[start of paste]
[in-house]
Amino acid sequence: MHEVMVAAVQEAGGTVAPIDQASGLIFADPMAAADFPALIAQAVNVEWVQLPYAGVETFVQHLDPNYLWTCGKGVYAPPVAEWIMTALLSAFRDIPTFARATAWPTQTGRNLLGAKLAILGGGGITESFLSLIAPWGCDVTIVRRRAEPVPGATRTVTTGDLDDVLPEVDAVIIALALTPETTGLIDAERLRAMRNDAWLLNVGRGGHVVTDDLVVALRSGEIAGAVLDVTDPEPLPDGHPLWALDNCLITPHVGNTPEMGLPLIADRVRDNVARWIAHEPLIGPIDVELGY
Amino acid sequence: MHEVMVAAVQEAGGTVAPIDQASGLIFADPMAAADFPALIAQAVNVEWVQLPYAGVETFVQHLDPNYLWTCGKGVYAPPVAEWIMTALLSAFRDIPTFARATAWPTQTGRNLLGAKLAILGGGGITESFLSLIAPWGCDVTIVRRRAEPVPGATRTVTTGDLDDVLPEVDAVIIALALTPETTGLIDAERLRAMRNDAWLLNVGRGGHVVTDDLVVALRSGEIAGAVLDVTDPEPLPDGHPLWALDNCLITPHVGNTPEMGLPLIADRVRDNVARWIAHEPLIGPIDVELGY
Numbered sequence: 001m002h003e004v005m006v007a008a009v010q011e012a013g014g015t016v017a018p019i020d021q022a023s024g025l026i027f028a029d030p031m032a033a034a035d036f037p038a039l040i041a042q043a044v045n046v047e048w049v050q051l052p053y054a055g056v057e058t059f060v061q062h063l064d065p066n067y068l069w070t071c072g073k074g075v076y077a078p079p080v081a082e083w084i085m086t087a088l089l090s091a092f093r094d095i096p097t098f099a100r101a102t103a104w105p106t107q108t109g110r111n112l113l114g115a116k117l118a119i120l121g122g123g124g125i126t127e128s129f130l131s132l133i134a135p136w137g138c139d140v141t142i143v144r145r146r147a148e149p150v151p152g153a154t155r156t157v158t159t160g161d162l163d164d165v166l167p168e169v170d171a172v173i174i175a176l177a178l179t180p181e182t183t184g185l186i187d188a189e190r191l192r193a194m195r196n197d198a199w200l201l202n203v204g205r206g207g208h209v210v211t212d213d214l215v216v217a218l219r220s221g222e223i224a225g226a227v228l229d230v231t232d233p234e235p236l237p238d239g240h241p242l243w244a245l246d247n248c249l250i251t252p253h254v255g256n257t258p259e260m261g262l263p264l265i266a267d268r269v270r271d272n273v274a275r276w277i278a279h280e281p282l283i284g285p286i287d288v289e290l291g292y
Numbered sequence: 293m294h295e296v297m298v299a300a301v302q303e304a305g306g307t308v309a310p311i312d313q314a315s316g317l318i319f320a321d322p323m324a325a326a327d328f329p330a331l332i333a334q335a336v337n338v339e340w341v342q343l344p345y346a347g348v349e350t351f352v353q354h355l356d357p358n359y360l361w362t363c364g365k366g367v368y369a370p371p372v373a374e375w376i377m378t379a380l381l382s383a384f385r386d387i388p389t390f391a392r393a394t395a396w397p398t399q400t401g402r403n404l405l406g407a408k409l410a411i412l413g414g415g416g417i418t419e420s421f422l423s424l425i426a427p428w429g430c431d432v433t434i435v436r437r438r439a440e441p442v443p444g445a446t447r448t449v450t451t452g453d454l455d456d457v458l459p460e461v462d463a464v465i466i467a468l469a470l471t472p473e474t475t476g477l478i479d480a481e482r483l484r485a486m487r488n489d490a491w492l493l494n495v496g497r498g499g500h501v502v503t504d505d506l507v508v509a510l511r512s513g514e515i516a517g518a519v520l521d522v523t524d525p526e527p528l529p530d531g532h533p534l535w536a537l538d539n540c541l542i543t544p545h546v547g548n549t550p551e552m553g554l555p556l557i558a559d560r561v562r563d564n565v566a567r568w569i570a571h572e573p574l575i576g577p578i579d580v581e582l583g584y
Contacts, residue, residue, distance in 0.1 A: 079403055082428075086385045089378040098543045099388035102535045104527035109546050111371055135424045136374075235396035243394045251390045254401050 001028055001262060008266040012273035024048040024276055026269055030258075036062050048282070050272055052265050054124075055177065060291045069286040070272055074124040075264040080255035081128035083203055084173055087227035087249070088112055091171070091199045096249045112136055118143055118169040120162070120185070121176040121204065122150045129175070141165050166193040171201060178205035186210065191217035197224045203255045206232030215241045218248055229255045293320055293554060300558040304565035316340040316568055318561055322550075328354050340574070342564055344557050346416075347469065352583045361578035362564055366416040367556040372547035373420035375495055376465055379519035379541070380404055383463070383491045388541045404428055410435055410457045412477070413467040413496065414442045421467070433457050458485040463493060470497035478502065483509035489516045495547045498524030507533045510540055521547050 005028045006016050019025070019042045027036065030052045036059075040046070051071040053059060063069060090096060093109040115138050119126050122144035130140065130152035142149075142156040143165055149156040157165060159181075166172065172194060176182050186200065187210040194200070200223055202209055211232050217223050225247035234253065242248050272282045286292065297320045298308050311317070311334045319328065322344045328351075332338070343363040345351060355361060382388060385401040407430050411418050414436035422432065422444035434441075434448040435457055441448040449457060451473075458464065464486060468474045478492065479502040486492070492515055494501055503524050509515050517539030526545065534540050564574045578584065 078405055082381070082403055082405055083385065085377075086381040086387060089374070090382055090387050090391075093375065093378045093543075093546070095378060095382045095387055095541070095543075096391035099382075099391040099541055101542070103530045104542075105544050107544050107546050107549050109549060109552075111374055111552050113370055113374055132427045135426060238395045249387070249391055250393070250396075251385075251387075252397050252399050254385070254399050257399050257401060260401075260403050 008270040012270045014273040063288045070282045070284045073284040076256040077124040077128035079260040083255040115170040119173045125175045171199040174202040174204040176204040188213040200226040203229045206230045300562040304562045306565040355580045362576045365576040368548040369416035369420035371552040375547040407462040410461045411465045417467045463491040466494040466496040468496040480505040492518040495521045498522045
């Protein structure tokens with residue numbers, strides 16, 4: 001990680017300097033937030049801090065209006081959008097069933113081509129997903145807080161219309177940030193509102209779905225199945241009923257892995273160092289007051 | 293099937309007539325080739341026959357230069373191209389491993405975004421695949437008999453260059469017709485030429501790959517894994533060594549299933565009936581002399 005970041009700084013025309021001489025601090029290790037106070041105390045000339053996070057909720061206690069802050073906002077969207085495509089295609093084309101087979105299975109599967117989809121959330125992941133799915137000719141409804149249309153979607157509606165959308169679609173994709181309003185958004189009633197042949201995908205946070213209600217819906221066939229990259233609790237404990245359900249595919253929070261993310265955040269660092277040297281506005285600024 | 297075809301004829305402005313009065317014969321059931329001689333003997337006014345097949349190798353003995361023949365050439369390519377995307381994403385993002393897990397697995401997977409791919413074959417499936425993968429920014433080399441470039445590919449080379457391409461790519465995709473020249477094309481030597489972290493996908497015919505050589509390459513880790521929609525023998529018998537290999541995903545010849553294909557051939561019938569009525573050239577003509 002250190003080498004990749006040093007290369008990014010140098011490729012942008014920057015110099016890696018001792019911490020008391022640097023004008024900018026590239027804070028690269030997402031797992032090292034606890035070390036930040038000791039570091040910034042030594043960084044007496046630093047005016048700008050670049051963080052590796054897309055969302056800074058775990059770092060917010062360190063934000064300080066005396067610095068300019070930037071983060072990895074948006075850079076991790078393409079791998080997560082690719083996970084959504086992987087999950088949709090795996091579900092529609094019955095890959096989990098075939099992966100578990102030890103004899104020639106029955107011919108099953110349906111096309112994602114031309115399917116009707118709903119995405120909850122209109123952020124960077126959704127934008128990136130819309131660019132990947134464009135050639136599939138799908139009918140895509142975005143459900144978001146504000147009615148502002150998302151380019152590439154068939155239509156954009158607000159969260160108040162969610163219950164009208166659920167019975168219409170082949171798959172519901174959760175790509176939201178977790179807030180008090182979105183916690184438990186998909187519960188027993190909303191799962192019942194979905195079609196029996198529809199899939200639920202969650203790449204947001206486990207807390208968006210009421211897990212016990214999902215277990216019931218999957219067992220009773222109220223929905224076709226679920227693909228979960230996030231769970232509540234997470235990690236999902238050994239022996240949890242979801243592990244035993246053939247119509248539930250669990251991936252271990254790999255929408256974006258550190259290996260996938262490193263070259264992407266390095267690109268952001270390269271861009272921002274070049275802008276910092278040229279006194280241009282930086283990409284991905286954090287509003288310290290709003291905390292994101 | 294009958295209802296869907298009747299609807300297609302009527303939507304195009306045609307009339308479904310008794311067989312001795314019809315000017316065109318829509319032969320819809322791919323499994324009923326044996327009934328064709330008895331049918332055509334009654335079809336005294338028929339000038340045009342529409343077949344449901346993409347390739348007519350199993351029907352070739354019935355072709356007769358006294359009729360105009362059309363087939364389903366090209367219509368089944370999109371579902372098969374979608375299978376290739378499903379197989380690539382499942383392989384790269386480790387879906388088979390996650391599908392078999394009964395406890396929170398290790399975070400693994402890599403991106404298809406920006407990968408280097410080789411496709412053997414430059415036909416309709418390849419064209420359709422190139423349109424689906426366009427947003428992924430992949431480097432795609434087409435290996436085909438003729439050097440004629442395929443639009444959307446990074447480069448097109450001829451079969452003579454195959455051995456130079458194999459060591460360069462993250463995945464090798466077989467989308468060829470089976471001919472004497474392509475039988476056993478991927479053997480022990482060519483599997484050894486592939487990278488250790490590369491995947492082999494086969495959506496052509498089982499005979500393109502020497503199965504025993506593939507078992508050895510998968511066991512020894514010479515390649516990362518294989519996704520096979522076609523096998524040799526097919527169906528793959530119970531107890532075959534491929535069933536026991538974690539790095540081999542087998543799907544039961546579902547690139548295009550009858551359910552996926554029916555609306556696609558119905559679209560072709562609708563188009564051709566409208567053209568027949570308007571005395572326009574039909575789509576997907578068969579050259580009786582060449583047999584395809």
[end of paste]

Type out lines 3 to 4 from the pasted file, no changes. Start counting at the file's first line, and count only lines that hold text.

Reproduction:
Amino acid sequence: MHEVMVAAVQEAGGTVAPIDQASGLIFADPMAAADFPALIAQAVNVEWVQLPYAGVETFVQHLDPNYLWTCGKGVYAPPVAEWIMTALLSAFRDIPTFARATAWPTQTGRNLLGAKLAILGGGGITESFLSLIAPWGCDVTIVRRRAEPVPGATRTVTTGDLDDVLPEVDAVIIALALTPETTGLIDAERLRAMRNDAWLLNVGRGGHVVTDDLVVALRSGEIAGAVLDVTDPEPLPDGHPLWALDNCLITPHVGNTPEMGLPLIADRVRDNVARWIAHEPLIGPIDVELGY
Numbered sequence: 001m002h003e004v005m006v007a008a009v010q011e012a013g014g015t016v017a018p019i020d021q022a023s024g025l026i027f028a029d030p031m032a033a034a035d036f037p038a039l040i041a042q043a044v045n046v047e048w049v050q051l052p053y054a055g056v057e058t059f060v061q062h063l064d065p066n067y068l069w070t071c072g073k074g075v076y077a078p079p080v081a082e083w084i085m086t087a088l089l090s091a092f093r094d095i096p097t098f099a100r101a102t103a104w105p106t107q108t109g110r111n112l113l114g115a116k117l118a119i120l121g122g123g124g125i126t127e128s129f130l131s132l133i134a135p136w137g138c139d140v141t142i143v144r145r146r147a148e149p150v151p152g153a154t155r156t157v158t159t160g161d162l163d164d165v166l167p168e169v170d171a172v173i174i175a176l177a178l179t180p181e182t183t184g185l186i187d188a189e190r191l192r193a194m195r196n197d198a199w200l201l202n203v204g205r206g207g208h209v210v211t212d213d214l215v216v217a218l219r220s221g222e223i224a225g226a227v228l229d230v231t232d233p234e235p236l237p238d239g240h241p242l243w244a245l246d247n248c249l250i251t252p253h254v255g256n257t258p259e260m261g262l263p264l265i266a267d268r269v270r271d272n273v274a275r276w277i278a279h280e281p282l283i284g285p286i287d288v289e290l291g292y